Rachel Maddow


“Great minds discuss ideas; Average minds discuss events; Small minds discuss people.” –Eleanor Roosevelt

Many have adopted that Eleanor Roosevelt quote as a guiding principle in their lives. Powerful ideas have enabled great advances in technology and have inspired the masses to take action, both for good as well as ill. But like any piece of wisdom, it can be misapplied and dogmatically adhered to in a way that is simply self serving.

The Haiti earthquake is seen by the religious right as an opportunity to spread the evangelical version of christianity, and to hell with the haitian people? Others on the extreme right have used the Haiti earthquake and President Obama’s response to it as their latest vehicle for their not so subtle racist views.

Naturally this disgusts those commentators seen as carrying the progressive banner:

Historical context only serves to magnify the depths to which those exploiting Haiti to push their ideology have really sunk:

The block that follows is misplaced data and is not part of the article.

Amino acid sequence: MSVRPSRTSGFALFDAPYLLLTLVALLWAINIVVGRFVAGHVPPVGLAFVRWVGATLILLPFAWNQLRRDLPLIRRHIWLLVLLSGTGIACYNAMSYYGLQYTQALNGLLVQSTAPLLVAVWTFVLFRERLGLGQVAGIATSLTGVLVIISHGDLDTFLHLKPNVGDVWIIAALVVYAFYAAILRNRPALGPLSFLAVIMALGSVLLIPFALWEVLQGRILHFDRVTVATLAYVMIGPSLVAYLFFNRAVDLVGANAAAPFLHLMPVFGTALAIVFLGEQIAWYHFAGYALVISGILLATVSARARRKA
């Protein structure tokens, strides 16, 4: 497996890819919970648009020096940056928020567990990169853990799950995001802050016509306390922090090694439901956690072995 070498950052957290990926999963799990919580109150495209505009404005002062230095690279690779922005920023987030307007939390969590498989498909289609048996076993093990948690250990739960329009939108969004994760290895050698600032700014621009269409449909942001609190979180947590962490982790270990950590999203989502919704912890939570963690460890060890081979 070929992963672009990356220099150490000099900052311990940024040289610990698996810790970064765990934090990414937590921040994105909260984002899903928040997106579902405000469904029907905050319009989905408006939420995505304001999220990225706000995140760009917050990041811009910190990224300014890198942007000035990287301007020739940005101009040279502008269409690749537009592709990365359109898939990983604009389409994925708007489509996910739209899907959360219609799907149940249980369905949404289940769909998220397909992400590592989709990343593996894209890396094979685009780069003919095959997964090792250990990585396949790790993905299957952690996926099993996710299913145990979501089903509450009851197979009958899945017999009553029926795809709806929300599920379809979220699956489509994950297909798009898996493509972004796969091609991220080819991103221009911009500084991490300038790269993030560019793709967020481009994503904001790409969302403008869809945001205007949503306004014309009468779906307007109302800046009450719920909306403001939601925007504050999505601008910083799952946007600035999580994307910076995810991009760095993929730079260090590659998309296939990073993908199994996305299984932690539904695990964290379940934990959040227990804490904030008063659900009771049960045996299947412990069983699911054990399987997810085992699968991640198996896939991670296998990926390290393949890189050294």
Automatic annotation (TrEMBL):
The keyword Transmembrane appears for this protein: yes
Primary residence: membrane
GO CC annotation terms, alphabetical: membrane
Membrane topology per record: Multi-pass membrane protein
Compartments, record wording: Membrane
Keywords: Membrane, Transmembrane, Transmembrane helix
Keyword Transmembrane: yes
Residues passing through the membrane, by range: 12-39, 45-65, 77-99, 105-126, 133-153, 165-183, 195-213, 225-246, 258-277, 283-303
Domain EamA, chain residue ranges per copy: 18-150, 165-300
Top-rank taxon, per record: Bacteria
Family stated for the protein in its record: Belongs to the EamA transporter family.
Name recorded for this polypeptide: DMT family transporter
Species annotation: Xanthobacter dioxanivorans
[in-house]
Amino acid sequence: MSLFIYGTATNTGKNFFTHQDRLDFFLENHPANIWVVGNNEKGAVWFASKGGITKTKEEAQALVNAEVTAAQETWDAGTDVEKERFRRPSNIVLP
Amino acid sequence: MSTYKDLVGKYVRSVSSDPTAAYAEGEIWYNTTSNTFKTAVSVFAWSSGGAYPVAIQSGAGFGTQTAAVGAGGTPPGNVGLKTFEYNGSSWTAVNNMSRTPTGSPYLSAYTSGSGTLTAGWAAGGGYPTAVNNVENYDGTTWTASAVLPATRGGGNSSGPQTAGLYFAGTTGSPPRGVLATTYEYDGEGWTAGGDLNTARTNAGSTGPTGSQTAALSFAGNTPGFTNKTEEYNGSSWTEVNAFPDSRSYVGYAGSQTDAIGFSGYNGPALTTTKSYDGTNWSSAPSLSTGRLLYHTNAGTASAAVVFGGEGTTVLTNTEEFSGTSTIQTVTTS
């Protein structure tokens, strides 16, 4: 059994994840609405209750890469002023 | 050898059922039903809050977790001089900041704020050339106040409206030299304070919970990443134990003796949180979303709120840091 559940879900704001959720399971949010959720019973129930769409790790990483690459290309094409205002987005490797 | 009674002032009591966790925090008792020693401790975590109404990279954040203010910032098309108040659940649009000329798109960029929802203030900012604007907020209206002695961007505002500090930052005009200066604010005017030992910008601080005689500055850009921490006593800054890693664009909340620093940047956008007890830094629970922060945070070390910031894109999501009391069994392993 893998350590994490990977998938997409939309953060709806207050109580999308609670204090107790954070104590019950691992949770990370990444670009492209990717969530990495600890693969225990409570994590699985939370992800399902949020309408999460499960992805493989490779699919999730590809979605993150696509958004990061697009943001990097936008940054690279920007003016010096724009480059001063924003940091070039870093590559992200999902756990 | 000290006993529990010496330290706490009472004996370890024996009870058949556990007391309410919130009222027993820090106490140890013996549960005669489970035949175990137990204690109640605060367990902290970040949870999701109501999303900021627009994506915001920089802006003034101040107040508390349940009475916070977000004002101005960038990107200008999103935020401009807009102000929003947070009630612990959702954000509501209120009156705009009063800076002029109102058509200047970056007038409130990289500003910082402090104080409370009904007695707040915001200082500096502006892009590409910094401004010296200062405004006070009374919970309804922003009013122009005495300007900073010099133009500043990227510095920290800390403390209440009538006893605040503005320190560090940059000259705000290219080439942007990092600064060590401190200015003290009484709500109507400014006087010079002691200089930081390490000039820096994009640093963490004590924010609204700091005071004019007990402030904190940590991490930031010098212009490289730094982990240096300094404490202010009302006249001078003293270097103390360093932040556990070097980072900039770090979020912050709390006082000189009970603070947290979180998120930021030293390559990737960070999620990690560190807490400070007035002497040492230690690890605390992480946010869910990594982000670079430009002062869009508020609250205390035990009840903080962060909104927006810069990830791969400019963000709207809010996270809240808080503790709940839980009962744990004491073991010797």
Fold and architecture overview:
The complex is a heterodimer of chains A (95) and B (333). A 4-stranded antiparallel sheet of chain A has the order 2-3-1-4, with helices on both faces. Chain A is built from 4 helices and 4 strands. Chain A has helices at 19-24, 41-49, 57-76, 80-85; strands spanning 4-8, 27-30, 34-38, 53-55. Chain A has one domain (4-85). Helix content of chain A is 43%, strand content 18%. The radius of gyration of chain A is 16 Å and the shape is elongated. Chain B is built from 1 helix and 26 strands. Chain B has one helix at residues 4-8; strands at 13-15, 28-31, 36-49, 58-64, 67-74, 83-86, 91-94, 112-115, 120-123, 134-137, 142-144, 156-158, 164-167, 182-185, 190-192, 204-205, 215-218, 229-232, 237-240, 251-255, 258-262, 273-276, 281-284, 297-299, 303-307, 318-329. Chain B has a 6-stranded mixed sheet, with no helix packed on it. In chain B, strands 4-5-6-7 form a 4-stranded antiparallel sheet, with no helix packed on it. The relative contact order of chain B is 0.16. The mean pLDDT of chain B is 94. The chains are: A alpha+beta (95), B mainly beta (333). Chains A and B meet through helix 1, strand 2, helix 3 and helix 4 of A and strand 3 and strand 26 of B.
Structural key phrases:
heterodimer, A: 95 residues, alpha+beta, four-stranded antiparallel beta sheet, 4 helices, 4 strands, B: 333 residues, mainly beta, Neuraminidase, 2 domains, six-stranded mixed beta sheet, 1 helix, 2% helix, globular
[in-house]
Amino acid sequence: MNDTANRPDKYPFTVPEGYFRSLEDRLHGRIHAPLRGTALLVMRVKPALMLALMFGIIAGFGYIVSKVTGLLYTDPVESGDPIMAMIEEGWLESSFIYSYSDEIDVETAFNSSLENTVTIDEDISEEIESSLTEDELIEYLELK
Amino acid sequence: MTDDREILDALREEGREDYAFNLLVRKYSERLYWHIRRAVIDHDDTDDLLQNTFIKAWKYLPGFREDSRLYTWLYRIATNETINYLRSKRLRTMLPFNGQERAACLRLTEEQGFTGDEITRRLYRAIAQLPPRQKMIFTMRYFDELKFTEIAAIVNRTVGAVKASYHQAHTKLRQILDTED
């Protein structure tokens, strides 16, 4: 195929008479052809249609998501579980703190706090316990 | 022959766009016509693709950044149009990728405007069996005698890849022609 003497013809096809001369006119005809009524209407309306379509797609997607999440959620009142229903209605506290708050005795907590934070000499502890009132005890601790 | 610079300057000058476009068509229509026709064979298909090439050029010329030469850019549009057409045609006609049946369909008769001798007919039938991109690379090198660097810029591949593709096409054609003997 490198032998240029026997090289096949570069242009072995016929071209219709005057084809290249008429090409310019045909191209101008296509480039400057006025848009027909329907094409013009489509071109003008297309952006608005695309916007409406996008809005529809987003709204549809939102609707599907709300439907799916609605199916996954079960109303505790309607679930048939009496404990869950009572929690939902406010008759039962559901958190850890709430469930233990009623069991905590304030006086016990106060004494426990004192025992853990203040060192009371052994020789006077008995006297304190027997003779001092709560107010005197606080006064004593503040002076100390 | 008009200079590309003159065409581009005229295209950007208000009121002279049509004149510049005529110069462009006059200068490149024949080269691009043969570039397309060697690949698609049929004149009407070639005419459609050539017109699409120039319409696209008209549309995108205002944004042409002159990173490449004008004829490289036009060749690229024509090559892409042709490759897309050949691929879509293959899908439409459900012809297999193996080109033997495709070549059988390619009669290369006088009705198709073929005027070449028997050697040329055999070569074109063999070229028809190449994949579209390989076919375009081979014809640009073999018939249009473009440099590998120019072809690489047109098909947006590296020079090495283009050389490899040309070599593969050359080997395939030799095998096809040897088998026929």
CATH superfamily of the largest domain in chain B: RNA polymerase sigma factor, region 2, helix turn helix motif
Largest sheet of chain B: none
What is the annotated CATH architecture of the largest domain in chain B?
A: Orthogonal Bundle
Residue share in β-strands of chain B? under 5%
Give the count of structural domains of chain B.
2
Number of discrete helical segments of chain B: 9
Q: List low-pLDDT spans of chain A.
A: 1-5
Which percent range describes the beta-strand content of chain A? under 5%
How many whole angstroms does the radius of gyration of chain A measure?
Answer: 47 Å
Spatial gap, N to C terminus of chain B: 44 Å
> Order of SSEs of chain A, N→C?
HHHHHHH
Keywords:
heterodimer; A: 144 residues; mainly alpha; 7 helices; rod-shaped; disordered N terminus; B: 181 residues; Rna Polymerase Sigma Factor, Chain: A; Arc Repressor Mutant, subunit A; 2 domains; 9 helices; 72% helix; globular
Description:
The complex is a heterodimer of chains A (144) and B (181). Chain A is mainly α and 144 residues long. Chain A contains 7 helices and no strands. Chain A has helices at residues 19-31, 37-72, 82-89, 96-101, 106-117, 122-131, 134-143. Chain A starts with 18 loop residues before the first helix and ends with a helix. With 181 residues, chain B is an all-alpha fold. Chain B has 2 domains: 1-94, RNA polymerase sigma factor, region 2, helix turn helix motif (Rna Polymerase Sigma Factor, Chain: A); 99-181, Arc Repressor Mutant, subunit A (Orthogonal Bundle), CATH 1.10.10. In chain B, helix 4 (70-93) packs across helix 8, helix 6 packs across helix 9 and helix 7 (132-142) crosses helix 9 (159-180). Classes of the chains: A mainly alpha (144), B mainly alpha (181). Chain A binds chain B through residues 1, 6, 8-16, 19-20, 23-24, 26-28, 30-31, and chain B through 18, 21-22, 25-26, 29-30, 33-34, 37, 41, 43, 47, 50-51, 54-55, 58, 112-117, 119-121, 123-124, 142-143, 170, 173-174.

And that is not even considering US and France’s involvement in the overthrow of exiled ex-president Aristide. It is very easy to anger those with more centrist views by highlighting the spokes people for religious and racist superiority.  Free market ideology is another matter, but deserves an equal amount of scrutiny and perhaps a comparable level of outrage.

There are times when we need to be thinking with what Eleanor Roosevelt calls a “small mind”. This is one such time.

The trouble with treating all basic science research as an earmark in the same class as that infamous bridge to nowhere, are all those nasty unintended consequences.

Is it now a scientist’s responsibility to defend the funding of basic research against cuts made by a Christian fundamentalist who denies anthropogenic global warming, defends creationism being taught alongside evolution as science, entertains thoughts of banning books, and believes she needs protection from witchcraft?

UPDATE: Keith Olbermann also weighs in: